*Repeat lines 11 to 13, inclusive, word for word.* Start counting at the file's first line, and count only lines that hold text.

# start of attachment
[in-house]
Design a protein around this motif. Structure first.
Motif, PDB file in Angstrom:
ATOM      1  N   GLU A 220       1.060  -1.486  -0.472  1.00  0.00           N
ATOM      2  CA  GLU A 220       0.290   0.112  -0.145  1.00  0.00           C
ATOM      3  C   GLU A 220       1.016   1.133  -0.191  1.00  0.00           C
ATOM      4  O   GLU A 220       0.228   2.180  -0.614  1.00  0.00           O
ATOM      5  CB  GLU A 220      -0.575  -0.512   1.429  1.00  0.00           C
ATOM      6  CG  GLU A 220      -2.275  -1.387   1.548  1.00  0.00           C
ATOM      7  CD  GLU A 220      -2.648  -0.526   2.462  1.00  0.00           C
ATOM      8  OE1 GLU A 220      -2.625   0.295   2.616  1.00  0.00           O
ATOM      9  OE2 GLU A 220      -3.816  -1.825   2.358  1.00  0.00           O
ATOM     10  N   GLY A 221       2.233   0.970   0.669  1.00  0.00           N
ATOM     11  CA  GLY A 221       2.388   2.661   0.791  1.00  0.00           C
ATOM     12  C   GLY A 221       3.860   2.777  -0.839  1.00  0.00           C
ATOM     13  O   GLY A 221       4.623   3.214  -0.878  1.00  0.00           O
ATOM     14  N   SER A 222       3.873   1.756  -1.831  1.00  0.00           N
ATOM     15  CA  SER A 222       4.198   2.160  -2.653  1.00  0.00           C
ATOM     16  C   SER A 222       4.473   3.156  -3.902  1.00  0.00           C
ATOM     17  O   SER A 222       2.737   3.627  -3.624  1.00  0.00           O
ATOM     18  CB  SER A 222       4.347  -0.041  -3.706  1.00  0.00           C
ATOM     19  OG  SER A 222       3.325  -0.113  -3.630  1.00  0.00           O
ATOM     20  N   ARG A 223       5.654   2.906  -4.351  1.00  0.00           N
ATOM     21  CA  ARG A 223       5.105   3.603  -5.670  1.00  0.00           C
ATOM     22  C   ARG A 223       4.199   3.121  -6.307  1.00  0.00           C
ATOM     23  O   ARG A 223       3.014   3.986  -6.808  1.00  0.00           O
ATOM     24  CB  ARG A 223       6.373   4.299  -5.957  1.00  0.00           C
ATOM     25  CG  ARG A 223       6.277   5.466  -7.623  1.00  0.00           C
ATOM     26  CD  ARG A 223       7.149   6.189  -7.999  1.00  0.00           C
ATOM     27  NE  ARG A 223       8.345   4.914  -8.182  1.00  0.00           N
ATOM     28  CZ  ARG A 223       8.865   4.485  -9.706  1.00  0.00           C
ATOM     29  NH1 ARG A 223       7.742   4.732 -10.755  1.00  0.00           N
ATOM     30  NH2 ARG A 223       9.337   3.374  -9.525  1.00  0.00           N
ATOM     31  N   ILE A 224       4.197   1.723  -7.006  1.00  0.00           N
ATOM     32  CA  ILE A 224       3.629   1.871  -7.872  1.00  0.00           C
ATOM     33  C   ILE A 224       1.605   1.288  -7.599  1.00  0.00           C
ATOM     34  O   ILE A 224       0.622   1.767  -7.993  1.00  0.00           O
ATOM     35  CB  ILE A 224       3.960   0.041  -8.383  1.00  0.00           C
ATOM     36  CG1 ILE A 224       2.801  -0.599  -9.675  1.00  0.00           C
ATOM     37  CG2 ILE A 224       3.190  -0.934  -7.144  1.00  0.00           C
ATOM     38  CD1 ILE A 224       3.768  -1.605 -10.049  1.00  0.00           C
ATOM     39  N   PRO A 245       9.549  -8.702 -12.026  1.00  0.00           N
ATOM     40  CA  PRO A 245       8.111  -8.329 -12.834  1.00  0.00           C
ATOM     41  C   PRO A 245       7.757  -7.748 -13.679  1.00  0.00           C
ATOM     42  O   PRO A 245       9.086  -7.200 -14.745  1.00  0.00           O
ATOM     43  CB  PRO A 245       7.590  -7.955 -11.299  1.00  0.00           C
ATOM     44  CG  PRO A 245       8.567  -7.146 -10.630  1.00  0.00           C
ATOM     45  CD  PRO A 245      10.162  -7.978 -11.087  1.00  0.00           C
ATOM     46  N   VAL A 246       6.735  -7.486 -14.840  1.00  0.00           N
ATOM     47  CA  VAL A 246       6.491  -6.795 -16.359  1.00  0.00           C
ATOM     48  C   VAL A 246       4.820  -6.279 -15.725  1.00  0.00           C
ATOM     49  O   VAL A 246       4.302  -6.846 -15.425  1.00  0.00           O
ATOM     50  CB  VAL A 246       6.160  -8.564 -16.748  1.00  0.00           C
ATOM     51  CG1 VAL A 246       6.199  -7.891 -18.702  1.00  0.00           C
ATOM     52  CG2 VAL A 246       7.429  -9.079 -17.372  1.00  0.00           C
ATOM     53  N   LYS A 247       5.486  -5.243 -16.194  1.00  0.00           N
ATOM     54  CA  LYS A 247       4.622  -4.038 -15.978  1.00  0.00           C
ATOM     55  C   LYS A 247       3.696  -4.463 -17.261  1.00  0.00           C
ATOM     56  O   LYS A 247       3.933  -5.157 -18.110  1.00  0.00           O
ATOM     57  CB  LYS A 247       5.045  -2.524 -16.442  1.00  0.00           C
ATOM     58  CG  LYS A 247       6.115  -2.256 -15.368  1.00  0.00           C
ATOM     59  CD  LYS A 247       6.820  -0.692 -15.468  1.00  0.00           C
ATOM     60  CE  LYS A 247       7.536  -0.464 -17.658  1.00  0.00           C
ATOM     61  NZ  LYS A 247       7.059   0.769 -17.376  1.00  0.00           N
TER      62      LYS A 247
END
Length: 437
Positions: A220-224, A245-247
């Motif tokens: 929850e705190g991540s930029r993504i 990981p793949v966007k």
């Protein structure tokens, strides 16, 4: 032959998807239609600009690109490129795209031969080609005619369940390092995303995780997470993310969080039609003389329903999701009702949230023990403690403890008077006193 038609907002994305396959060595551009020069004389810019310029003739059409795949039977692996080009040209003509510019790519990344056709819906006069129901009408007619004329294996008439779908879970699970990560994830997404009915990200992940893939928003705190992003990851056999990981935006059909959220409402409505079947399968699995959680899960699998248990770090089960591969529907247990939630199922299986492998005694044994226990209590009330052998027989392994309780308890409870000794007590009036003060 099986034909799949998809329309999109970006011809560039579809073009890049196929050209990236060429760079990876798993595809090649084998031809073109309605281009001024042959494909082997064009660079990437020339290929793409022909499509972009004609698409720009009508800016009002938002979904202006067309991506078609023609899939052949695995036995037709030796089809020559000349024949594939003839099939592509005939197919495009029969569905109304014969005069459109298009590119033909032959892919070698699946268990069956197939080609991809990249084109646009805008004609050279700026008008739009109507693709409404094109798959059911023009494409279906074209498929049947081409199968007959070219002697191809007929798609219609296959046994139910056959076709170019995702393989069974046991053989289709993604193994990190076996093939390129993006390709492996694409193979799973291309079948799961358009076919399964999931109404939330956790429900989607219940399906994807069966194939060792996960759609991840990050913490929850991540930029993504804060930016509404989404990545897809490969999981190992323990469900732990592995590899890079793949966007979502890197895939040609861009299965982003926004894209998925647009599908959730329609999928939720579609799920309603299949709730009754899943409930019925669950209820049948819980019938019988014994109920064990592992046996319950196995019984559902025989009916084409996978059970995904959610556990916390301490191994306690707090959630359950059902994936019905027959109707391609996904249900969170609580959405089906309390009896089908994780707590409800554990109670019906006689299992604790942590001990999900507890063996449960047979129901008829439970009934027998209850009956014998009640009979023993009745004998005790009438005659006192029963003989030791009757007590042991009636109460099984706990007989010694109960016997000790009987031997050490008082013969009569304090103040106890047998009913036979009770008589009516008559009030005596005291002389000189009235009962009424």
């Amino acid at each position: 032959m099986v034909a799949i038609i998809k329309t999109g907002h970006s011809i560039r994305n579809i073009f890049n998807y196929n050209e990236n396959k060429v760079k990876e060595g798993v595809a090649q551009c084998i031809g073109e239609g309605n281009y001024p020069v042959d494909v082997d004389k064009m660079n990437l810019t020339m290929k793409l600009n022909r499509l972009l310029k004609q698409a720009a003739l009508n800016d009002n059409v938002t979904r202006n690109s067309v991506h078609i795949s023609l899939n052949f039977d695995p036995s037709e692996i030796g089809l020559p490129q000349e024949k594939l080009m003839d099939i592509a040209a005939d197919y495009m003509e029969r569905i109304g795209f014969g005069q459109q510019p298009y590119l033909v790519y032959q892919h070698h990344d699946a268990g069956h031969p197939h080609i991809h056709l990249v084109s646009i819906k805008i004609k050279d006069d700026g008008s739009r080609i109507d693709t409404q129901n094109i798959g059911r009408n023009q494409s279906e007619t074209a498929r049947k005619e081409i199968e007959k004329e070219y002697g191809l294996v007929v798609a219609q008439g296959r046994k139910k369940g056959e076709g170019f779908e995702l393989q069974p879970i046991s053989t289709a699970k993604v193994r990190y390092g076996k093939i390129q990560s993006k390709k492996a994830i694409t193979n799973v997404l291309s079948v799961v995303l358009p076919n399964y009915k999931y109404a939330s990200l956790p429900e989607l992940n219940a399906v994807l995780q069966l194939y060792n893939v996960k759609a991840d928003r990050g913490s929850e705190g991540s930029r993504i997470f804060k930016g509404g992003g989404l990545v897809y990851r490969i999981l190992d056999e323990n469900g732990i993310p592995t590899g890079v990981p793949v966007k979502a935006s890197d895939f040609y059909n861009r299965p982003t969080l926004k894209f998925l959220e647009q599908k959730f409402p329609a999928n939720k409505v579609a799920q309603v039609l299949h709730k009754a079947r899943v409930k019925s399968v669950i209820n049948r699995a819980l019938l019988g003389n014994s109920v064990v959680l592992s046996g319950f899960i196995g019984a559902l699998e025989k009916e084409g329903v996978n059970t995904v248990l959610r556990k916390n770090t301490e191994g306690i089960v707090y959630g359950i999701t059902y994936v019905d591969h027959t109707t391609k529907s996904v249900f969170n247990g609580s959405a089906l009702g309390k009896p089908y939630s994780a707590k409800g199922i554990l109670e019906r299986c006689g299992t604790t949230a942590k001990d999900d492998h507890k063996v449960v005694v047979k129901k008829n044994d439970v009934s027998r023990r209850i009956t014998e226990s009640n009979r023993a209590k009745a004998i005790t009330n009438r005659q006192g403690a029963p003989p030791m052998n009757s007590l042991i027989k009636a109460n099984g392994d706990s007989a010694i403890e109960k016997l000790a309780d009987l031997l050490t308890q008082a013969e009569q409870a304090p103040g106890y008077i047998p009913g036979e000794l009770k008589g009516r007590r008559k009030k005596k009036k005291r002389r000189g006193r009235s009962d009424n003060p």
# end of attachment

ATOM      8  OE1 GLU A 220      -2.625   0.295   2.616  1.00  0.00           O
ATOM      9  OE2 GLU A 220      -3.816  -1.825   2.358  1.00  0.00           O
ATOM     10  N   GLY A 221       2.233   0.970   0.669  1.00  0.00           N